India used the occasion of its second summit with Africa to announce a major scaling up of its financial commitment to the continent and also pledged to expand educational and training opportunities for African students at home and in Indian universities.
Speaking at the plenary of the Africa-India Forum Summit here on Tuesday, Prime Minister Manmohan Singh said India would offer $5 billion for the next three years under lines of credit to help Africa achieve its development goals. He also offered an additional $700 million for new institutions and training programmes to be established in consultation with the African Union.
Indian officials later clarified that the $5 billion credit line represented an increase of $1.6 billion over the $3.4 billion that remains unspent from previous commitments but that an effort would be made to ensure the full amount is utilised by 2014.
But more than money, it is India's contribution to African capacities which appears to have given its engagement with the continent a distinctive edge. In his speech to the plenary, President Abdoulaye Wade of Senegal thanked India for assisting his country in increasing rice production so dramatically that it has gone from being an importer to an exporter in a matter of four years. “This because India helped us with its ideas and technology,” he said.
Dr. Singh said India was proposing to establish, at the pan-African level, clusters for food processing and textiles as well as a centre for weather forecasting and universities for life and earth sciences as well as agriculture and rural development. He also announced a decision to establish an India-Africa Virtual University which would help meet some of the demand in Africa for higher studies in Indian institutions. Offering to increase the number of training positions for Africa, the Prime Minister said 22,000 African students would benefit from Indian scholarships over the next three years.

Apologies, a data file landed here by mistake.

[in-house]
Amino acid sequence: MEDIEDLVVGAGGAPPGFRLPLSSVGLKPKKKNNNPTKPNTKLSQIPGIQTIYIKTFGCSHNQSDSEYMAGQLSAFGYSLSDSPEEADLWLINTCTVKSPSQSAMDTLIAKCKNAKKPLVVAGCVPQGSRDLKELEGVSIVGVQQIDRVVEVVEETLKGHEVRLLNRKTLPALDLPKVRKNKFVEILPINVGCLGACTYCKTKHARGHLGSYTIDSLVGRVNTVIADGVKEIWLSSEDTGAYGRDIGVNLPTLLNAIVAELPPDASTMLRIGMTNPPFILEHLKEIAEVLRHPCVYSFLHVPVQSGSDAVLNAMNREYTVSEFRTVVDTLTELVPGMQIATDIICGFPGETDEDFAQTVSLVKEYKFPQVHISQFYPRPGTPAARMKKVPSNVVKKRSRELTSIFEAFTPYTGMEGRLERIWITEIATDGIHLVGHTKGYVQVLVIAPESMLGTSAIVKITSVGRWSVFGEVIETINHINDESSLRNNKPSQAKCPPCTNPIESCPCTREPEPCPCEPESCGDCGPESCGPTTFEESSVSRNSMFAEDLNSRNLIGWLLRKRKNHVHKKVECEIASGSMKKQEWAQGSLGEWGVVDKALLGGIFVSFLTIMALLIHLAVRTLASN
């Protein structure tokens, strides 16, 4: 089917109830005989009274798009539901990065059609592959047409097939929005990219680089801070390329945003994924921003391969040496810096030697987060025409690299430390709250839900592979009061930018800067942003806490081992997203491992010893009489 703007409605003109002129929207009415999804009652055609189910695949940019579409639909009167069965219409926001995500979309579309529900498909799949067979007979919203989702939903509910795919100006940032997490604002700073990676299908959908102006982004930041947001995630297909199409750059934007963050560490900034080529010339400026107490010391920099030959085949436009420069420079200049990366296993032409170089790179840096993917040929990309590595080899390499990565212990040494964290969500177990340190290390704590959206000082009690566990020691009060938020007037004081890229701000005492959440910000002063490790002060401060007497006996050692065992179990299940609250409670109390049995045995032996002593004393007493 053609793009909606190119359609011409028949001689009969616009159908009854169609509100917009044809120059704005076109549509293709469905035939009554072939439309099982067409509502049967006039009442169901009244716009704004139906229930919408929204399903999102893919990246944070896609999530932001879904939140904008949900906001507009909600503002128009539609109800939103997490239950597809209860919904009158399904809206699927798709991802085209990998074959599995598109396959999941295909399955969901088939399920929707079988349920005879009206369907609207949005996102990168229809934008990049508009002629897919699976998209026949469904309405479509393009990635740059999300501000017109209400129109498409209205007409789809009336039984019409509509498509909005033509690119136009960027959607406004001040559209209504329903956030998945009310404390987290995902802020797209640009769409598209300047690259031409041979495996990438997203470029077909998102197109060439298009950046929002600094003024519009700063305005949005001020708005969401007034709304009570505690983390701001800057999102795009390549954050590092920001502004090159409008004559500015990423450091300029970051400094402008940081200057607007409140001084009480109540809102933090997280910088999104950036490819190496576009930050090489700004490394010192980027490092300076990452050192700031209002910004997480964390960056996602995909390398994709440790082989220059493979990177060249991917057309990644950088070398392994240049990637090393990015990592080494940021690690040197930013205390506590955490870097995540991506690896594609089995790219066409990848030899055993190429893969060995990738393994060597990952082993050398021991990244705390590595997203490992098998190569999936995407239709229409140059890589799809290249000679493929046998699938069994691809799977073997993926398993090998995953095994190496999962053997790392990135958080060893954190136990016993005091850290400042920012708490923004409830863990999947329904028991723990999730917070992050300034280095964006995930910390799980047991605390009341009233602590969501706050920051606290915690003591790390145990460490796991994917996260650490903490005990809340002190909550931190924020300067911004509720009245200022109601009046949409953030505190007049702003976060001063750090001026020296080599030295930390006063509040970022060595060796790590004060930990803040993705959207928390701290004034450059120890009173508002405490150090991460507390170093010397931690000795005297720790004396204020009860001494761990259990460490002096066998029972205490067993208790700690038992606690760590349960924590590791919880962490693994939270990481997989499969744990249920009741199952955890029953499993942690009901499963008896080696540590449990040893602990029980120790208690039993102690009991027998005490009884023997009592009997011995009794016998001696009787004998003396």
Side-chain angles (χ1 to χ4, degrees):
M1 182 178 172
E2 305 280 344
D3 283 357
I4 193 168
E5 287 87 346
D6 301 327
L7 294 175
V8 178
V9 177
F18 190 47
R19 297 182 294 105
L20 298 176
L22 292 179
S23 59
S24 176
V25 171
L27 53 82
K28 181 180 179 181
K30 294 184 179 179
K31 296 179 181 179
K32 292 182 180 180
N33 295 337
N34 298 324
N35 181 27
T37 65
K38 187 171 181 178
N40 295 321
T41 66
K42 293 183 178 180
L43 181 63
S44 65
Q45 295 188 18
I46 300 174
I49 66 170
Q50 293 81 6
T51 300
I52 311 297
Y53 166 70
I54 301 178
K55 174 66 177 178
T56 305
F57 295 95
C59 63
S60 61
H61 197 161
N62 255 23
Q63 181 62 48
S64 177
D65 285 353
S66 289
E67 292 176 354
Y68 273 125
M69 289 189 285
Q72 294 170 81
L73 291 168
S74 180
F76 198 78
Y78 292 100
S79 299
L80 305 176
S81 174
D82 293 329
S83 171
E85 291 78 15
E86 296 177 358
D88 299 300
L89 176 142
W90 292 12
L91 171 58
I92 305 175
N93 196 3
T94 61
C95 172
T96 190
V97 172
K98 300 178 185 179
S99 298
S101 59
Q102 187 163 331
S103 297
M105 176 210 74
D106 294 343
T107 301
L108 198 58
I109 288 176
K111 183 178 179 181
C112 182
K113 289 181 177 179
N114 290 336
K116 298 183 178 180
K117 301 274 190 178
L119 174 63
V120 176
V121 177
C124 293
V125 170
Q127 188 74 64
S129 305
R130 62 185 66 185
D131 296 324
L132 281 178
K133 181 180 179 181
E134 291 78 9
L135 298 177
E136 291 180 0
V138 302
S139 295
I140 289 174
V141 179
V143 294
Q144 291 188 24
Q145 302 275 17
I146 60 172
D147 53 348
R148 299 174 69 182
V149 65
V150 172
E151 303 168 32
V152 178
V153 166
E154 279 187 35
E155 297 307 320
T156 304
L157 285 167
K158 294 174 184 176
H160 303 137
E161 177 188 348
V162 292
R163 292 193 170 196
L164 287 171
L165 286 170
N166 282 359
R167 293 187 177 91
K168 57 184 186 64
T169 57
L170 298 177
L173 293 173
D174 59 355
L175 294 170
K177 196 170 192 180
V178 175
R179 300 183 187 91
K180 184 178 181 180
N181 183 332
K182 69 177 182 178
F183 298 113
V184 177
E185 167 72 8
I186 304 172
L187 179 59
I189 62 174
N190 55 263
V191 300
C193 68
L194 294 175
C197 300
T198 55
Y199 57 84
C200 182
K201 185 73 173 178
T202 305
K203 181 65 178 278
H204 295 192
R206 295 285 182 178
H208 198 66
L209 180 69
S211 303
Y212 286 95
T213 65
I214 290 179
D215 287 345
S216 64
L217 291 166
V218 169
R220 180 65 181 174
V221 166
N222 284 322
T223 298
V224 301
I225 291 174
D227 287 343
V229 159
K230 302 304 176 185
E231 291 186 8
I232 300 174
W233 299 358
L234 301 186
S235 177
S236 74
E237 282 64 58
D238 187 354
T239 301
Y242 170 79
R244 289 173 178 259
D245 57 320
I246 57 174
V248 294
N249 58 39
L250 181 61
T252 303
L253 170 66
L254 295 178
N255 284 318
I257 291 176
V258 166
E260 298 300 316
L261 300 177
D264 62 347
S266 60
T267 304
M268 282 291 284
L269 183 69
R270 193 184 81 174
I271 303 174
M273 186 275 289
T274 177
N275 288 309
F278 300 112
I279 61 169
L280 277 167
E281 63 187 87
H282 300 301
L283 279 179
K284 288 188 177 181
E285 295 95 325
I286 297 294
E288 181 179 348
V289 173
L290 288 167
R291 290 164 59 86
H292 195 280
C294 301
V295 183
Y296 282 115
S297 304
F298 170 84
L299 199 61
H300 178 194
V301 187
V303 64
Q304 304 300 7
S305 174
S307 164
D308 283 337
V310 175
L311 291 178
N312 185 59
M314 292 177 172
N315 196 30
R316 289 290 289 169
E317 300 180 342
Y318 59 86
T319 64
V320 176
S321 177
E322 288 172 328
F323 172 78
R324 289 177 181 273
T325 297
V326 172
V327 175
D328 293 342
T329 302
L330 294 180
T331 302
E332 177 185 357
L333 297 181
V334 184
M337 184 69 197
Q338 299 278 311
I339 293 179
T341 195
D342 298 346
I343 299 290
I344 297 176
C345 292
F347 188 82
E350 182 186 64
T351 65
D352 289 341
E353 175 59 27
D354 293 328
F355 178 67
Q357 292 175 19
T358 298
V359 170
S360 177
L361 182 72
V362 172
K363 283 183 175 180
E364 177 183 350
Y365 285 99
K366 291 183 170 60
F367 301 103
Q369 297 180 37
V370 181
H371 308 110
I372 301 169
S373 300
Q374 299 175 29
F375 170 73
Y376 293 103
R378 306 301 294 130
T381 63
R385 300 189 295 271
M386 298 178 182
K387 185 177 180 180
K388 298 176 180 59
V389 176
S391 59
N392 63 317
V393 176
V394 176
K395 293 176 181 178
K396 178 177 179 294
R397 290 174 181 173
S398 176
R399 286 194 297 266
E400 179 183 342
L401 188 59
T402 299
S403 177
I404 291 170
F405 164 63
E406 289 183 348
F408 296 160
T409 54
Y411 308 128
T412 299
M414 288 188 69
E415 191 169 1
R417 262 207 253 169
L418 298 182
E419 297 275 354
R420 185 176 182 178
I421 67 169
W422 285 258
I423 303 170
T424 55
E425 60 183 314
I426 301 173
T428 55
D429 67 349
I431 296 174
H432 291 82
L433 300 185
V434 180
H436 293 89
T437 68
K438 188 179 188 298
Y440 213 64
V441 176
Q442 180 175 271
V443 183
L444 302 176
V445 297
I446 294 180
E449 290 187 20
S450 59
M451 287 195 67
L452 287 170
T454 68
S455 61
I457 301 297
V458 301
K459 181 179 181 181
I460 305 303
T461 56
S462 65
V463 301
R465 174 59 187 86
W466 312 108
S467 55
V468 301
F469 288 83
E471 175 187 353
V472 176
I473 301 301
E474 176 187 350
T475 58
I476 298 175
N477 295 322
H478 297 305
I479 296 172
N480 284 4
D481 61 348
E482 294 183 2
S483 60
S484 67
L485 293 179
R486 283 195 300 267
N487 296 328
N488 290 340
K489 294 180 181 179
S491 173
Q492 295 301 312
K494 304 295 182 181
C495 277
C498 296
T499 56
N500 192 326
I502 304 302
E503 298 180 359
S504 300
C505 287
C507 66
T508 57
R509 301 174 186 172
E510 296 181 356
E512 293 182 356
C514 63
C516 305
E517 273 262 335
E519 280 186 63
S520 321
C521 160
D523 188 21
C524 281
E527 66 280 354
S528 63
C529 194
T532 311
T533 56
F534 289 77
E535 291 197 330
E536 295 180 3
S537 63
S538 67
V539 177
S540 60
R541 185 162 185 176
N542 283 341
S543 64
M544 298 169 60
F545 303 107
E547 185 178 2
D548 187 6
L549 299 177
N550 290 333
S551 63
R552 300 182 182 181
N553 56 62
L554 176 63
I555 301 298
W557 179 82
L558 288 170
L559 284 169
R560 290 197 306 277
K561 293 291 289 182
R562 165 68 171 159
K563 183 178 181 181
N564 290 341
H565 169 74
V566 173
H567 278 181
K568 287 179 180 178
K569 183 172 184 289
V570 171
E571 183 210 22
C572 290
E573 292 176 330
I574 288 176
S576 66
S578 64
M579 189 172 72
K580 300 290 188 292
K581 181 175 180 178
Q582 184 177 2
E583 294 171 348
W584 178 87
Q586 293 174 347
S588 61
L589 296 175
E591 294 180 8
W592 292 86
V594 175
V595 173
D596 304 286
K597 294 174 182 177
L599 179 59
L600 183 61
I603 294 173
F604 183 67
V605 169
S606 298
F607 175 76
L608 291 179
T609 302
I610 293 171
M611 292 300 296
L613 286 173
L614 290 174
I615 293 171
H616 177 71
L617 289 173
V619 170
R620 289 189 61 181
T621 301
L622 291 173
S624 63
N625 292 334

As for infrastructure, Dr. Singh announced $300 million in Indian support for the development of a new railway line from landlocked Ethiopia to Djibouti. The last time a train ran from Addis Ababa to the Red Sea port-nation was in 2007.
On the political side, the Prime Minister told his African counterparts that “global institutions of governance are outmoded and under duress” and that there was need for a “new spirit of solidarity among developing countries.” Africa has all the prerequisites to become a major growth pole of the world in the 21st Century, he said. India was happy to place at Africa's disposal its own experience in nation building.
In his speech, Jean Ping, chair of the African Union Commission, said Africa had benefited enormously from the fact that India, Brazil, China and other rising economies had managed to keep the global economy growing at a time when the West was mired in crisis.